The question is not immediately clear, but you get the idea when considering the software Look@LAN monitors the clients connected to the local network. To search again for the file we already opened in question 12, just type in the top right search bar, the file name irinin.ini
Inside this file, you will easily find the following :
%LANIP%=192.168.1.111 -> usually this IP identifies a PC on a local network (so it makes sense to find this IP !)
%LANNIC%=0010a4933e09 -> a simple MAC adress lookup tool such as https://rst.im/oui/, will confirm this is a Xircom adress. It makes sense with question 13 !
15. An internet search for vendor name/model of NIC cards by MAC address can be used to find out which network interface was used. In the above answer, the first 3 hex characters of the MAC address report the vendor of the card. Which NIC card was used during the installation and set-up for LOOK@LAN ?
The configuration file of LOOK@LAN is irunin.ini. Let’s open again this file. We find the below informations inside this file :
So, it’s clear that the NIC – Network Interface Card used during the installation and setup, is the card with the MAC adresss 0010a4933e09, that is the Xircom CardBus Ethernet 100 + Modem 56 (Ethernet Interface)
16. Find 6 installed programs that may be used for hacking
Looking into the Program Files, it’s pretty easy to find the following programs :
(NB : since that time, it has been renamed into Wireshark, the famous network packet sniffing tool https://www.wireshark.org/download.html)
17. What is the SMTP email address for Mr. Evil ?
To find this information, you could look into the AGENT.INI file. See more about this file in previous versions of Windows :
The file is located in Program Files\Agent\Data\AGENT.INI
We find the email adress of Mr. Evil : email@example.com
18. What are the NNTP (news server) settings for Mr. Evil ?
NNTP stands for Network News Transfer Protocol (Newsgroup / Usenet) : https://ccnatutorials.in/application-layer-of-tcp-ip/nntp-network-news-transfer-protocol/
Again, a search in the AGENT.INI file will let you find the information
19. What two installed programs show this information ?
We need to look for mail client and/or Usenet client. One source to look into this is NTUSER.DAT, which is a well known Forensic source
We find that MS Outlook Express reveals the email adress of Mr. Evil. To find this, you need to look into NTUSER.DAT\Software\Microsoft\Windows\CurrentVersion\UnreadMail
Just type in NTUSER.DAT in the search bar, and navigate in the file structure
At this moment, I’m not able to find the second program revealing the same information…if you find it, please put it in the comment section !
20. List 5 newsgroups that Mr. Evil has subscribed to ?
There is a good article to understand Outlook Express forensics : https://www.mailxaminer.com/blog/outlook-express-email-forensics/
All the Outlook Express email folders and messages, local IMAP folders and settings are stored in one folder. The location of this directory is :
Documents and Settings\user_name\Local Settings\Application Data\Identities\Microsoft\Outlook Express
We find many newsgroup to which Mr. Evil has suscribed !
21. A popular IRC (Internet Relay Chat) program called MIRC was installed. What are
the user settings that was shown when the user was online and in a chat channel ?
The mIRC program (https://www.mirc.com/) can be found in the Program Files
Just open and check through the mirc.ini and you will get the requested information
22. This IRC program has the capability to log chat sessions. List 3 IRC channels that the
user of this computer accessed
The log section if mIRC in the Program Files section, reveals their is a “logs” directory. The chat sessions immediately appear here
23. Ethereal, a popular “sniffing” program that can be used to intercept wired and
wireless internet packets was also found to be installed. When TCP packets are collected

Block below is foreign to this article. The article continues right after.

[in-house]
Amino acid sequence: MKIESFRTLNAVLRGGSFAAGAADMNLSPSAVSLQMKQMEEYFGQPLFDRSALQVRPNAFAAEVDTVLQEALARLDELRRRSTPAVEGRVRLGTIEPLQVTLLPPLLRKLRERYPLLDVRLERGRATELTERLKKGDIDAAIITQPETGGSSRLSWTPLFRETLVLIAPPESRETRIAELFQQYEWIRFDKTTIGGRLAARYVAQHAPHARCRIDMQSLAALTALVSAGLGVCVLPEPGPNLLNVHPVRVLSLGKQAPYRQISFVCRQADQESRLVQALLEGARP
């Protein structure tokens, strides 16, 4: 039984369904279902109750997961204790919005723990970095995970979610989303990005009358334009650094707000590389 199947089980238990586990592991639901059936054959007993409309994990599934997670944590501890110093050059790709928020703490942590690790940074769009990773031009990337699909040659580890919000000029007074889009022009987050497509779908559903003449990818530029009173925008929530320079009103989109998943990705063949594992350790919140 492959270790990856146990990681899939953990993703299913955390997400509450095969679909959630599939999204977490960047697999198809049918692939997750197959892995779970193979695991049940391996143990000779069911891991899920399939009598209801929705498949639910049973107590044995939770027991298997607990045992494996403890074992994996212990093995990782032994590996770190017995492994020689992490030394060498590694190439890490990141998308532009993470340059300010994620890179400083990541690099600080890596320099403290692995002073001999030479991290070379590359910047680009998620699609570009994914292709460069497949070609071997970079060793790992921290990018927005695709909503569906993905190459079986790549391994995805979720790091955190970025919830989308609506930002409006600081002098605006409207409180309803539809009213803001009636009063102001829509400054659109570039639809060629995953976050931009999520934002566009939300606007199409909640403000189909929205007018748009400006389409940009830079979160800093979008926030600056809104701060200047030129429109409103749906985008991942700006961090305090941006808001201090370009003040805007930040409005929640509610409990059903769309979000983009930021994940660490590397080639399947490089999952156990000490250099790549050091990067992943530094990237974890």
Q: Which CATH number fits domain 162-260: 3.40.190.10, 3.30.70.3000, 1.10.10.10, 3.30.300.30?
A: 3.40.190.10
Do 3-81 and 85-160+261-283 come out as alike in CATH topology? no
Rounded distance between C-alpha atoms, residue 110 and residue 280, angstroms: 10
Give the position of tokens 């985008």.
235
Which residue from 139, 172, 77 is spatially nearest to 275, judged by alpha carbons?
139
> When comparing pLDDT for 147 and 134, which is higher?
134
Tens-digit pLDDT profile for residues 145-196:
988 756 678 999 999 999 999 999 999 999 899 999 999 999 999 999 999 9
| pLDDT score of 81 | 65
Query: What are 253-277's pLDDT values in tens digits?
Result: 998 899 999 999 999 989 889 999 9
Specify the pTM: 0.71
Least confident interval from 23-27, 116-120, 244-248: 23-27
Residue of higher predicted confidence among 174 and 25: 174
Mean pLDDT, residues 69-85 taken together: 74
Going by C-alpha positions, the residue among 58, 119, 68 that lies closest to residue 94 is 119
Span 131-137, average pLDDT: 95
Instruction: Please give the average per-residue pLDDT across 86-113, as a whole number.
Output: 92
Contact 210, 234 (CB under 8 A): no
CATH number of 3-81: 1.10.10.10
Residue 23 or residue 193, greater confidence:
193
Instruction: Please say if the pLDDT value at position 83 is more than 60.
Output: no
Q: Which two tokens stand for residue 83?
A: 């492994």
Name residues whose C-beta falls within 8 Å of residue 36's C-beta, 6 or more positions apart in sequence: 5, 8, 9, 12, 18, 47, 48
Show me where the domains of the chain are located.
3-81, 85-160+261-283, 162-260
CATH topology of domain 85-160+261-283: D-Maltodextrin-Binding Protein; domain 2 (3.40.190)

and re-assembled, the default save directory is that users \My Documents directory. What is the name of the file that contains the intercepted data ?
Searching into the Ethereal directory, we find a “recent” file. Open this file reveals the requested information “interception“
24. Viewing the file in a text format reveals much information about who and what was
intercepted. What type of wireless computer was the victim (person who had his internet
surfing recorded) using ?
The interception file can be found typing “interception” in the search bar on the top right of the home screen
The user agent is a Microsoft Internet Explorer 4.01 using a Pocket PC with Windows CE, screen resolution 240×320. I told you, it’s vintage !
25. What websites was the victim accessing ?
The victim was accessing mobile.msn.com, as can be seen in the interception file. We can see down below that the victim was also using MSN hotmail (email)
26. Search for the main users web based email address. What is it ?
In the Extracted content web history, you can find many historical browsing files. Searching through these files, you can see some instances were the user had to login. It reveals the email adress firstname.lastname@example.org (we already found this name in question 21)
27. Yahoo mail, a popular web based email service, saves copies of the email under what
file name ?
The Yahoo emails are stored under “ShowLetter“
We can confirm the email adress used by Mr. Evil
28. How many executable files are in the recycle bin ?
There are 4 executables in the recycle bin
29. Are these files really deleted ?
No, they are just moved to the recycle bin and not deleted…!
30. How many files are actually reported to be deleted by the file system ?
It is pretty easy. Just browse to “View” and you will find the counter “All” -> 1 371 files were deleted. Thanks to “bobo” for the tip !
31. Perform an Anti-Virus check. Are there any viruses on the computer ?
Yes, there is a zip bomb present, unix_hack.tgz
It’s found in the “Interesting Items” section
This is what Wikipedia says about zip bombs
Here is an example of a famous zip bomb (try with caution !) : https://www.unforgettable.dk/
After this writeup, it is clear now that Greg Schardt and Mr. Evil are just one single person. The seized laptop is including hacking software that was used to sniff data from victims, chat on hackers newsgroup and IRC, contain a zip bomb. So, all suspicions about Greg Schardt were true !
One can only be amazed by the power of forensic tools such as Autopsy. It’s quite amazing all the data stored in your PC, that can be recovered by someone knowing were to look at. Be carefull with your data ! Don’t think you can hide on Internet !
Additional note :
I would like to share an excellent ressource I found from the DFIR – Digital Forensics and Incident Response (SANS training and certification institute). It helped me a lot to walk through this challenge. You can download an excellent PDF on this page : https://www.sans.org/security-resources/posters/windows-forensic-analysis/170/download
See below an example of the sections you find in this PDF. It’s a very helpfull checklist !